Increase your focus and help improve brain power

Yoga poses to help stimulate your mind

There are so many distractions nowadays that it's so hard just to take your mind off everything and focus on one thing. I want you to try this. Really try to take a few minutes out of your day to try these four poses. Even if it is just the first one, tadasana or Prayer pose (it is harder than you think) but try it. You will be thankful to get a minute of peace, to rest your mind and focus. Considering I am still in a pretty rookie position with yoga, I brought in yoga expert Nathalie Kosman for help! For your viewing, she is doing each position pretty solid in the bottom right hand corner, as you can see I am wobblier than a poorly assembled IKEA coffee table.

1) Prayer pose or Tadasana

Tadasana is the foundational pose for all standing yoga postures and full inversions, such as headstands, handstands, etc. The purpose of the pose is to get grounded. You want to feel the ground below you, close eyes, and take a deep breath. Even though this is a beginner pose, this is a restorative and balance pose. So open your palms, rib cage, and mind. Prayer pose is considered a base pose, since prayer pose variations can be derived from this pose. Prayer pose is considered a warm up yoga pose to prepare the body for more intense yoga poses/ yoga flow.

2) Eagle Pose

You will want to watch Nathalie below in the right-hand corner for this one, as I struggled here. This posture resembles the shape of an eagle taking flight. This pose strengthens the lower body, opens the shoulders, and improves balance and concentration. Start off by setting your gaze and remember to breath and focus. Stay for 30 seconds, then unwind the legs and arms and repeat on the other side (legs and arms reversed).

3) Warrior III

Warrior III improves balance, memory and concentration, and tones and invigorates the whole body. From Mountain pose, step the right foot a foot length forward and shift all of your weight onto this leg. Inhale the arms over your head and interlace the fingers, pointing the index finger up. As you exhale, lift the left leg up and out, hinging at the hips to lower the arms and torso down towards the floor. Look down at the floor and stare at a point for balance. Reach out through the left toes and the crown and fingers making one straight line. Breathe and hold for 2-6 breaths. To release: inhale the arms up to lower the leg back to the floor and step both feet together back into Mountain pose. Hold on each side for 30 seconds to challenge your balance, and then repeat on other side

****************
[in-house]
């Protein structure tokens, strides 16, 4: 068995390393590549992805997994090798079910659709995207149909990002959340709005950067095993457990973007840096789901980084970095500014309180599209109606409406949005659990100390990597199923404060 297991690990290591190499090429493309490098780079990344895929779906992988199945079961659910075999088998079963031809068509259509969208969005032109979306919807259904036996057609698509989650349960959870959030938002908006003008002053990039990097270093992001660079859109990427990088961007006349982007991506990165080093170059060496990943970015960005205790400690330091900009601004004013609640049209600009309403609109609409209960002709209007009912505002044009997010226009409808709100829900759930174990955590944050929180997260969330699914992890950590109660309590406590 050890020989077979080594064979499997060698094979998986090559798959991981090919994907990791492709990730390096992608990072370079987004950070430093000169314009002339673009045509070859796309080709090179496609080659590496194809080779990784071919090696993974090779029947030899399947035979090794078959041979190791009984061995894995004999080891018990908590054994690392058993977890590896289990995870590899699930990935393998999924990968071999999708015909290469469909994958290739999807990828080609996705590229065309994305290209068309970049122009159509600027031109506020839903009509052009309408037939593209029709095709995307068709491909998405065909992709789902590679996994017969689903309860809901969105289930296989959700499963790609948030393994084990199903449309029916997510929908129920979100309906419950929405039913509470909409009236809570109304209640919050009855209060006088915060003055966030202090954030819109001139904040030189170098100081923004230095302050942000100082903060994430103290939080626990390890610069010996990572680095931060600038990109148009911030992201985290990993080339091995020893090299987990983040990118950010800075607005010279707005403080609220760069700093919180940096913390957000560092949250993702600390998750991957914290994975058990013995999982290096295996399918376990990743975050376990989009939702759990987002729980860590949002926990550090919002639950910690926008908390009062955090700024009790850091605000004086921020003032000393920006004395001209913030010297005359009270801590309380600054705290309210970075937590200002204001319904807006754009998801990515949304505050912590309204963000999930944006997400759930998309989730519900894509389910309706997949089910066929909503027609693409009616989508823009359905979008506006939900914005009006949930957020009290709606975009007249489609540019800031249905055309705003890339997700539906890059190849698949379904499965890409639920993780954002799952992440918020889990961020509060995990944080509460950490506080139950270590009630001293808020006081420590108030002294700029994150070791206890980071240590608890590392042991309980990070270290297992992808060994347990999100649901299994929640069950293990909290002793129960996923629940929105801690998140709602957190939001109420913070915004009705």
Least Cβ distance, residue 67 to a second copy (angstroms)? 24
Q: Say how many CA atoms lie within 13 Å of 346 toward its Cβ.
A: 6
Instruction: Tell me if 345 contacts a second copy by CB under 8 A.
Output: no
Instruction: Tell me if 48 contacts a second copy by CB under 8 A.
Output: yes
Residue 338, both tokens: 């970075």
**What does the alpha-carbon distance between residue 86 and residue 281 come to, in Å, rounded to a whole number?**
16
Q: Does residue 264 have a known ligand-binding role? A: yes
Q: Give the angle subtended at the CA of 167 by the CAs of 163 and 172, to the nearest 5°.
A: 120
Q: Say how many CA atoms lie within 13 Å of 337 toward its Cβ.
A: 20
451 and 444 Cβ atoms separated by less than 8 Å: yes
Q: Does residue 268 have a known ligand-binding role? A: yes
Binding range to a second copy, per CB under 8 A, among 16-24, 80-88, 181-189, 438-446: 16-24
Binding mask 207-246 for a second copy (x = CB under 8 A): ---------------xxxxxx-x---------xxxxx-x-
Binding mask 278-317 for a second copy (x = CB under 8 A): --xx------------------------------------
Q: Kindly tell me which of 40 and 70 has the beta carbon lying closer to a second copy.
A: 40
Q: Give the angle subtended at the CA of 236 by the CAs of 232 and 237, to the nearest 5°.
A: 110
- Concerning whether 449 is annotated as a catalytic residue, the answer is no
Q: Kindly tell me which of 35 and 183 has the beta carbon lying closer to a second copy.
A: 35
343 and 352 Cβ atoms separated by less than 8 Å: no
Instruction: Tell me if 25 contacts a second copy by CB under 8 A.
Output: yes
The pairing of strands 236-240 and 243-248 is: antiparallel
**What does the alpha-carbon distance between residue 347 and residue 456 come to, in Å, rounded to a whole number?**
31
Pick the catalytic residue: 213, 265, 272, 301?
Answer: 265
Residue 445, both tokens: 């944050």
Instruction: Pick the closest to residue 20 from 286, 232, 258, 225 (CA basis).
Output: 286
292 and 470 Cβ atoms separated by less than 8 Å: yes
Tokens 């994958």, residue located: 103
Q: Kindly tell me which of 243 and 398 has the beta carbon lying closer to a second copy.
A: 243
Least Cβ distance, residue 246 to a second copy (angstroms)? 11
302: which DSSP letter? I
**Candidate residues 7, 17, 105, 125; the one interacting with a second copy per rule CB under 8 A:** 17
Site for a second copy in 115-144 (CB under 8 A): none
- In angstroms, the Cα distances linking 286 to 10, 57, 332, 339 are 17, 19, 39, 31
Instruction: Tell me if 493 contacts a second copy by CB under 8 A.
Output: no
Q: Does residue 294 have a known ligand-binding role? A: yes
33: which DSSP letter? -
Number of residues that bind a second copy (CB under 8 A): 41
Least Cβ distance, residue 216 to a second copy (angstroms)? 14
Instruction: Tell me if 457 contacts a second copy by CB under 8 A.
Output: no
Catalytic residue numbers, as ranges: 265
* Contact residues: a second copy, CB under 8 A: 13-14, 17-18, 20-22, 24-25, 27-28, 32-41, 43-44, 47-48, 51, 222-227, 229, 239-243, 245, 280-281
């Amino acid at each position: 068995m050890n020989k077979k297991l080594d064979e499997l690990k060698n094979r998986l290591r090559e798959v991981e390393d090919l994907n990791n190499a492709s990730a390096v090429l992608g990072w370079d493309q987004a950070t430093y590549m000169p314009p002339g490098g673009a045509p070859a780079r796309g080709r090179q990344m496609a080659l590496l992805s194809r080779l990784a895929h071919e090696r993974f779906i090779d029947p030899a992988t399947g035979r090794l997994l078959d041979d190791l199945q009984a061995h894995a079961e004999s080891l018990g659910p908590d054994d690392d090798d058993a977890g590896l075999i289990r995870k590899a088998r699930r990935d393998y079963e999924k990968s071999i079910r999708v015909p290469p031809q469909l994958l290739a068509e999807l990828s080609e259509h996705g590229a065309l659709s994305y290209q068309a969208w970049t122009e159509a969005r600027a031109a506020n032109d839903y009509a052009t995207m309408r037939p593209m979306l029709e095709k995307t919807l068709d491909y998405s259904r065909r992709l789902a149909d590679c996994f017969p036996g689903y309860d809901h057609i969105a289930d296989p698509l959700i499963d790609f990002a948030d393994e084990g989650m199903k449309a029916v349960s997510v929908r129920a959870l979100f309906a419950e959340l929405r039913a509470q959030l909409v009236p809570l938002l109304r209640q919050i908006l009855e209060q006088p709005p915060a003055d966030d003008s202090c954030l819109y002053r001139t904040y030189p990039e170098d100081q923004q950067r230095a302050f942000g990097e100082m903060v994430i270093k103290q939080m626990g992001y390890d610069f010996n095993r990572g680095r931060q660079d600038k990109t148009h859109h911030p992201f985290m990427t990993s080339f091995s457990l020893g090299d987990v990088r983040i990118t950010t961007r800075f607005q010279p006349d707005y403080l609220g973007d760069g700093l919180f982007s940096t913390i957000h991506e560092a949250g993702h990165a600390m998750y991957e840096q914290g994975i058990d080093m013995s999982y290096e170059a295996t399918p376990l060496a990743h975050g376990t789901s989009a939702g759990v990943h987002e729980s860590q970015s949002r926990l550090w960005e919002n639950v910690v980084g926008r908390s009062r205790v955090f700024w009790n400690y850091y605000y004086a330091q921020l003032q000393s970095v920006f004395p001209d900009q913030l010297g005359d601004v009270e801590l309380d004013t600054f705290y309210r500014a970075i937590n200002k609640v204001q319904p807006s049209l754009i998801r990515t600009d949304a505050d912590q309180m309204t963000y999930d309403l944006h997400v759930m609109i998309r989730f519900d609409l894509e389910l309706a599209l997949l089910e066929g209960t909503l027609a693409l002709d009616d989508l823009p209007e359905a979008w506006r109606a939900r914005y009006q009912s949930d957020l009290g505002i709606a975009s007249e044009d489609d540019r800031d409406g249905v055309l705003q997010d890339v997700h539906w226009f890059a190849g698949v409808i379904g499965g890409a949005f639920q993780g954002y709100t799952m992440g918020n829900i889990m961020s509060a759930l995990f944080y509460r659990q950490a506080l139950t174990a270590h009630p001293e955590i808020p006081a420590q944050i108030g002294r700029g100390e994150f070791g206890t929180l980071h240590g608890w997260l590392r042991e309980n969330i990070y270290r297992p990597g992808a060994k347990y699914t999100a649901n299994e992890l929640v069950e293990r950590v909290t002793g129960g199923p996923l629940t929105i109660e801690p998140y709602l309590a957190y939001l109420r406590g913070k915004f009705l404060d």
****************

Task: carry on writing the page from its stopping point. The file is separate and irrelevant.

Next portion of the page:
4) Supported Headstand

Finish your practice with Supported Headstand (Salamba Sirsasana) to calm your brain. For beginners, I would suggest using a wall behind, so you can practice with your feet on the wall. Come on to all fours with your heels at the wall, make sure you keep your shoulders directly over your wrists and lift up in to a shortened dog pose. Then bring one leg up at a time so your foot is in line with your hips keeping your knees bent. When you feel comfortable in position straighten both legs (think strong warrior 3 legs) to bring yourself in to the pose. Press through your feet, lengthen through your sides, engage your abdominals and lift your shoulders up away from your ears.

Check out Nathalie at The Preserve, Fit Athletic Club, and Equinox for individual or groups classes.

Photo Courtesy of DeLacy Wellness

This article originally appeared on InnovationMap.

As time spent on mobile devices stretches longer and attention spans get shorter, a Houstonian thinks she has a solution to combine personal technology and a healthy lifestyle.

Lizzie DeLacy, founder of DeLacy Wellness, has launched a new app called Bodypeace that offers workout sessions, recipes, and tips for a healthier lifestyle, but in a different way than consumers might be used to.

"Rather than focusing on really long sessions, though we have a couple in there, we focus on short 5 minute sessions, so anyone can fit movement into their schedule and lifestyle," DeLacy tells InnovationMap. "Additionally, we break it down by body part focus, because oftentimes people don't know necessarily what exact movement or pose or stretch they might need."

DeLacy worked as a private fitness instructor for years before deciding to create the Bodypeace app to make her coaching and practices accessible to more people. Her goal is to help as many people as possible feel better so they can grow to be the best version of themselves, referring to this concept as "Eventual Energy."

The Bodypeace app, which launched on iTunes and Google Play on July 17, allows users to filter by body part, choosing between an all body session, or focus on a specific spot such as hamstrings, hips, back, shoulders, and more.

"In my experience as a yoga instructor, I saw that these are pain points for a lot of people," says DeLacy.

Continue on InnovationMap to learn about pricing information for the app.

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